• Birth Certificates: Birth certificates can be required for obtaining everything from Social Security cards, passports, driver’s licenses, and other identity documents. Updating a gender marker on a birth certificate can be very challenging, and only nine states and the District of Columbia allow individuals to change their gender marker on their birth certificate without surgical requirements or court orders.
  • Name Changes: While state laws generally allow individuals to change their name, many states maintain outdated and onerous requirements such as requiring a person to publish notice of their name-change application at the local courthouse or in a local newspaper. Currently, 10 states have explicit requirements for public name-change announcements, and an additional 27 states have publication requirements that are circumstantial or left to an individual court’s discretion. This poses significant privacy and safety concerns for transgender individuals who may face discrimination and violence if it becomes public that they are transgender.

Although a growing number of states and agencies have taken steps to update their laws and policies, many maintain outdated regulations with intrusive requirements and excessive costs. As a result, only 21% of transgender people have updated all of their identity documents to reflect the gender they live every day, and that number is lower for low-income transgender people and transgender people of color.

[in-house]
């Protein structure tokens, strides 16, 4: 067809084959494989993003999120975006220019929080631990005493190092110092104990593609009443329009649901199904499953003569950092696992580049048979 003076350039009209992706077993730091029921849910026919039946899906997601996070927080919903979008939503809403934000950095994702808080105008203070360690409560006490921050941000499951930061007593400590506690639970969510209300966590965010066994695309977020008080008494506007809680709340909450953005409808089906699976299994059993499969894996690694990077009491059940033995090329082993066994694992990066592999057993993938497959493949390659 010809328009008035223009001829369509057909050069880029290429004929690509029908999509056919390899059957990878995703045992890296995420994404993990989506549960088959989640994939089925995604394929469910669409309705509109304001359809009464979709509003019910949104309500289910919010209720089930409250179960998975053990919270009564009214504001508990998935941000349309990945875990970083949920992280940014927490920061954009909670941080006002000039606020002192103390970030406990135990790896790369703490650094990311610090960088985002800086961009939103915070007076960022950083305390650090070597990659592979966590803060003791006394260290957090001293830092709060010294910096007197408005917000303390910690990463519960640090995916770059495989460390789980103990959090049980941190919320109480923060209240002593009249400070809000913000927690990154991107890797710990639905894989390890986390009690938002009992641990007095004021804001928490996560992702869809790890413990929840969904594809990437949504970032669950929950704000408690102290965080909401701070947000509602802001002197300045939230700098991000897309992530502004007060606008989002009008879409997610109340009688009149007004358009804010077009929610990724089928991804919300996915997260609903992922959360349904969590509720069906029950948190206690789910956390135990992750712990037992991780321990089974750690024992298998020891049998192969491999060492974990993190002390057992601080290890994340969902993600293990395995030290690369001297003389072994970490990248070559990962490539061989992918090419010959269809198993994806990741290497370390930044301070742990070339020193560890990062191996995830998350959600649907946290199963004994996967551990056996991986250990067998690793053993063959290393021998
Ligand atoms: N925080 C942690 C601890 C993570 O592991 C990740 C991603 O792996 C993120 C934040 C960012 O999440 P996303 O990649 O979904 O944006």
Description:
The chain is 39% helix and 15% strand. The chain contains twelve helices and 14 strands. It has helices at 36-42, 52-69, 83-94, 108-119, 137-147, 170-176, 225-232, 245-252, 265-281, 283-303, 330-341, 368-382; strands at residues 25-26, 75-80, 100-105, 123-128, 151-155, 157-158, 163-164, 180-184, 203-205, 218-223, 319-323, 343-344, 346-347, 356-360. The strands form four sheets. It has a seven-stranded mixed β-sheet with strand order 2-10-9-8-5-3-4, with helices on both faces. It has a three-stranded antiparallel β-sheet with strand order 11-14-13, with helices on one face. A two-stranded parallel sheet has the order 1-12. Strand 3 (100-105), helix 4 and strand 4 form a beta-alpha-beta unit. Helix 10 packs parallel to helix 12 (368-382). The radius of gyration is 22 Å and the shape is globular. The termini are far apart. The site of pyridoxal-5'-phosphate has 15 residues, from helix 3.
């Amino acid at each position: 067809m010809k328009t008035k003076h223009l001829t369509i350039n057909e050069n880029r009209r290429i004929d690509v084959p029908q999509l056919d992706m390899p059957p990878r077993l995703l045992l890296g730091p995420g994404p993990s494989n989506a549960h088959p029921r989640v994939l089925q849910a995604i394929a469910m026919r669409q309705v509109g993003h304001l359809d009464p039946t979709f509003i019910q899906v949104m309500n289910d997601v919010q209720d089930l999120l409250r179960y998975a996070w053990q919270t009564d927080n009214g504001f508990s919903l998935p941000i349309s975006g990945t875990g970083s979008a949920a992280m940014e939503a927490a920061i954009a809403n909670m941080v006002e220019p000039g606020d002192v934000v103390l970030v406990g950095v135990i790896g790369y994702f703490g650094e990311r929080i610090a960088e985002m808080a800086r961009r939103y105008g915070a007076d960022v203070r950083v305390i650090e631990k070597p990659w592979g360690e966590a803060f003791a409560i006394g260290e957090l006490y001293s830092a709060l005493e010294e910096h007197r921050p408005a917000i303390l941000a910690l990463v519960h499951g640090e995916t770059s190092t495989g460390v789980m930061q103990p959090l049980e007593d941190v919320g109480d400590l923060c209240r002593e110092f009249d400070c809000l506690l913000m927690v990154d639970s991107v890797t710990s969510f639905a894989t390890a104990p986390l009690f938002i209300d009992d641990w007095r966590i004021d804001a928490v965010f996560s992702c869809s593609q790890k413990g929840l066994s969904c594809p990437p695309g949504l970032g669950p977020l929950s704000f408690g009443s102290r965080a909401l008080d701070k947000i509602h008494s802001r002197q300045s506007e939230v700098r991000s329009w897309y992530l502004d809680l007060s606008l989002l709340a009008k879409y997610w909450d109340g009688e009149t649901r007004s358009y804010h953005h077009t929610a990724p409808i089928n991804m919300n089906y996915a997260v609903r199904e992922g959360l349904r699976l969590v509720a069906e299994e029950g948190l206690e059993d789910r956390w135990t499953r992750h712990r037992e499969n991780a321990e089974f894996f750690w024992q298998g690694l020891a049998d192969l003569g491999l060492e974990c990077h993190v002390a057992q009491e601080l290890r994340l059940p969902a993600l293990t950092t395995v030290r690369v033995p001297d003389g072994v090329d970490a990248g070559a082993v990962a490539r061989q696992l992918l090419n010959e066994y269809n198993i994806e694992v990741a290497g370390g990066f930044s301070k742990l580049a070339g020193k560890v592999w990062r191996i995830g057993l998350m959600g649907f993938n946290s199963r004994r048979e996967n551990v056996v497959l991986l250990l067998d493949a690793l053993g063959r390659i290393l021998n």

“Whenever transgender and gender non-conforming people present identity documents that do not match the gender they live every day, they can face discrimination, harassment, or violence,” said Ineke Mushovic, executive director of MAP. “Considering that one-third of the transgender community is living without any identification that matches their lived gender, and that those numbers increase for low-income transgender people and transgender people of color, the potential for hostile treatment is a far-reaching and greatly restricts access to employment, housing, and public accommodations.”

Updated daily, the Movement Advancement Project’s Equality Maps track LGBT equality, populations, and other data by state. They provide up-to-date information on the status of state laws across a wide range of issues, from employment discrimination and relationship recognition to hate crimes protections and anti-bullying laws. The Equality Maps allow websites to embed the maps easily and for free. Visit www.lgbtmap.org/equality-maps to learn more.

The report is available at www.lgbtmap.org/policy-and-issue-analysis/policy-spotlight-identity-documents.

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Founded in 2006, the Movement Advancement Project is an independent think tank that provides rigorous research, insight and analysis that help speed equality for lesbian, gay, bisexual and transgender people. www.lgbtmap.org

Media Contact:
Calla Rongerude
Movement Advancement Project (MAP)
(415) 205-2420